The Proposition Eight folks could have dealt with real world events and lost or pull out every thing [including the proverbial kitchen sink] from the land of imagination.

  7. Donald R. Lake

    Automatic Teller Machine Machine: Marriage is important, the legal aspects alone: house, hospital, insurance. But as some one with lousey parental role models, and whom had to be talked into his one and only matrimony, I am coming to your POV.

    Leave out right marriage out of the government. Be able to designate your next year’s life partner with or with out formal marriage or with or with out church interference. Of course this is in the broad general regards, children [birth, foster, informal, adopted] change the whole scope!

  8. Michael Seebeck

    If Mr. Alexander wants to have any shot at governor beyond his slim ones now, not to mention build P&F into a national party, then first he needs to get a clue as to what is going on in his own state.

    Had he had such a clue, he would know that are two–count em, two!–initiatives in circulation right now in CA to repeal Prop 8, both by the group “Yes! on Equality” and tied to Courage CA that would do exactly that. See http://www.sos.ca.gov/elections/elections_j.htm. Yes, the initiatives are identical, but the point is that Mr. Alexander not doing his homework doesn’t bode well for him, even if he shed his uber-socialist political philosophy in favor of something workable.

  9. Richard Winger

    Equality California, the state’s largest gay lobbying organization, said on August 12 that it favors putting the matter on the ballot in 2012, not 2010. Chances are that will doom the petitions now circulating for 2010. In the meantime, on August 19 (today), a U.S. District Court is hearing arguments that Prop. 8 violates the U.S. Constitution. Former Reagan/Bush solicitor general Ted Olson is arguing that Prop. 8 violates the U.S. Constitution.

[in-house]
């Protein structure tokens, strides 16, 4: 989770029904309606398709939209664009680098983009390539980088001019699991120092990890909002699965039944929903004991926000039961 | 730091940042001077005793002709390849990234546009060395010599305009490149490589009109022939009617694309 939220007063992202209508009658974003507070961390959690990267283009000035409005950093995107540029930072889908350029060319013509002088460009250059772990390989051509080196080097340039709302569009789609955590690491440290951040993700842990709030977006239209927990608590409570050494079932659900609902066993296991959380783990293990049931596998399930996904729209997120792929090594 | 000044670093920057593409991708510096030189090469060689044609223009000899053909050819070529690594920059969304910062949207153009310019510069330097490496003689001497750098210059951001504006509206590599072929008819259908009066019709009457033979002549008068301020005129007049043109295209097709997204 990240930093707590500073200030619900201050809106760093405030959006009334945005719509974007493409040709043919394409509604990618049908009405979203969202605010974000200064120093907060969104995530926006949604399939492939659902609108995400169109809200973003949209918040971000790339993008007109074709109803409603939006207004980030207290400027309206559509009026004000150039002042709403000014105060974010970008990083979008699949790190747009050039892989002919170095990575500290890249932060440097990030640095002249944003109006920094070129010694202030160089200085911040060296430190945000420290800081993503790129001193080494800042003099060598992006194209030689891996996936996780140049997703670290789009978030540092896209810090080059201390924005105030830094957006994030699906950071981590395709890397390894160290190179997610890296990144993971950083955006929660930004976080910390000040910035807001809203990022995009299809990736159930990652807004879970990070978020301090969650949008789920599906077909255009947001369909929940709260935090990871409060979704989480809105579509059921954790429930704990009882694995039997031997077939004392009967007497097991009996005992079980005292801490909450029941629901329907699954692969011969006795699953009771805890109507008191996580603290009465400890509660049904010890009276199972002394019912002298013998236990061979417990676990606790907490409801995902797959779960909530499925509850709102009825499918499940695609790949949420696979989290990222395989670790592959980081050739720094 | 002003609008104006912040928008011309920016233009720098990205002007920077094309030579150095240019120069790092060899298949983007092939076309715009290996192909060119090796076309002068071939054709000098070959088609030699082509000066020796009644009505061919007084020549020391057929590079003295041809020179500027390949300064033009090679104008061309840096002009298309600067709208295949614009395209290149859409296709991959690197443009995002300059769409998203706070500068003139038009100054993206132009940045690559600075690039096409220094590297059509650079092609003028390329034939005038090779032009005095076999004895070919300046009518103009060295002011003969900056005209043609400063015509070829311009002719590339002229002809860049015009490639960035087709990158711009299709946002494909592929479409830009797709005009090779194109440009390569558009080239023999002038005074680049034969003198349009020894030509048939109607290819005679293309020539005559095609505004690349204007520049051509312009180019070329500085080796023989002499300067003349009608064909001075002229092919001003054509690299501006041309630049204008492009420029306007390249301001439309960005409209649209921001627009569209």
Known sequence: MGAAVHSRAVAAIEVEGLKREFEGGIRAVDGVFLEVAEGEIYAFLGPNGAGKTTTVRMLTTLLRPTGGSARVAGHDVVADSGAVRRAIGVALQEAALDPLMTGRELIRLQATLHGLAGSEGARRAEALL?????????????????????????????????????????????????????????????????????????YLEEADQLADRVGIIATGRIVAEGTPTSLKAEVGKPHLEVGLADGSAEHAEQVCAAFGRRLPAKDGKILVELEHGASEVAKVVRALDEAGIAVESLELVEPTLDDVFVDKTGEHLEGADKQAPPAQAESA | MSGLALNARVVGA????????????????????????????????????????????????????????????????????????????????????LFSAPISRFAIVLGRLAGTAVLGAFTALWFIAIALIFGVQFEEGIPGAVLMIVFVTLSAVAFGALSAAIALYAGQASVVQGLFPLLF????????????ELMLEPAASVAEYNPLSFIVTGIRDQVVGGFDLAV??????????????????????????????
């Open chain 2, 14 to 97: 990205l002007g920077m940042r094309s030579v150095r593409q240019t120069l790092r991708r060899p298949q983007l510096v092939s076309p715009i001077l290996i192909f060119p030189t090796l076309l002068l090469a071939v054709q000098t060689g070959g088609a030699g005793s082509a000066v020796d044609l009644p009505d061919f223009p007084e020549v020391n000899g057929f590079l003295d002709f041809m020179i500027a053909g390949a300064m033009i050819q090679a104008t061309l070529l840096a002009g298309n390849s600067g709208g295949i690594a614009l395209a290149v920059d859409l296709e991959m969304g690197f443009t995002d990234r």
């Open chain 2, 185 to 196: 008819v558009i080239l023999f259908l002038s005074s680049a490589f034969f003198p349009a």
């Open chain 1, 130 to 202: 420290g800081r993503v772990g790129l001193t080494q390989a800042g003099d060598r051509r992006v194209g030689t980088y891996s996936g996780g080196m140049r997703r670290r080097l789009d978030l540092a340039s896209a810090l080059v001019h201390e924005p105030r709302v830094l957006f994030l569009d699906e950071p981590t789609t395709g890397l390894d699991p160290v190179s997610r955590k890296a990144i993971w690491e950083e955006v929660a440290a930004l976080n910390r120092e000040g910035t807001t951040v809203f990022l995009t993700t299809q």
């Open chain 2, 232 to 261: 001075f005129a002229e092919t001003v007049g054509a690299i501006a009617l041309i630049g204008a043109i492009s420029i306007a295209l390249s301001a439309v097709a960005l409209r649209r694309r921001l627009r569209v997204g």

10. Michael Seebeck

    Richard, EQCA is doing that for exactly two reasons:

    1. They hemmed and hawed and procrastinated and time ran out to get anything put together for 2010, and they still aren’t very organized, so they were forced to wait. This was clearly apparent in their town hall meetings.
    2. They want to be the big fish in this pond and claim all the credit, and their leadership has shown a lack of interest in outside inputs or anything that might take away from them claiming that credit. This too was apparent in their town hall meetings in that they were more interested in trying to get their organizing act together and flatly have refused to receive inputs on actual ballot language, which they so desperately need. They are trying to organize people to support a repeal without actually indicating what the repeal actually is. Rather than support the issue, they are playing political football.

    If anything dooms the 2010 effort, it’s simply the court cases, not EQCA. At their rate it’s easy to see why the anti-Prop-8 fight was so unorganized, and the leadership hasn’t yet figured out how to do better. There are pockets of grassroots that are, but they are limited.

  11. Melty

    she marries her, he marries him, she marries him. . .
    I refer to all of the above with the same word – marriage.
    I too feel that federal government should have nothing to do with marriage.

  12. Donald R. Lake

    Michael Seebeck: I have never been overly impressed with EQCA and consider them part of the [civil rights] problem! They have this Peace and Freedom Party ‘mess up a two vehicle parade’ mentality! Reading about them and their structure usually makes my mouth open!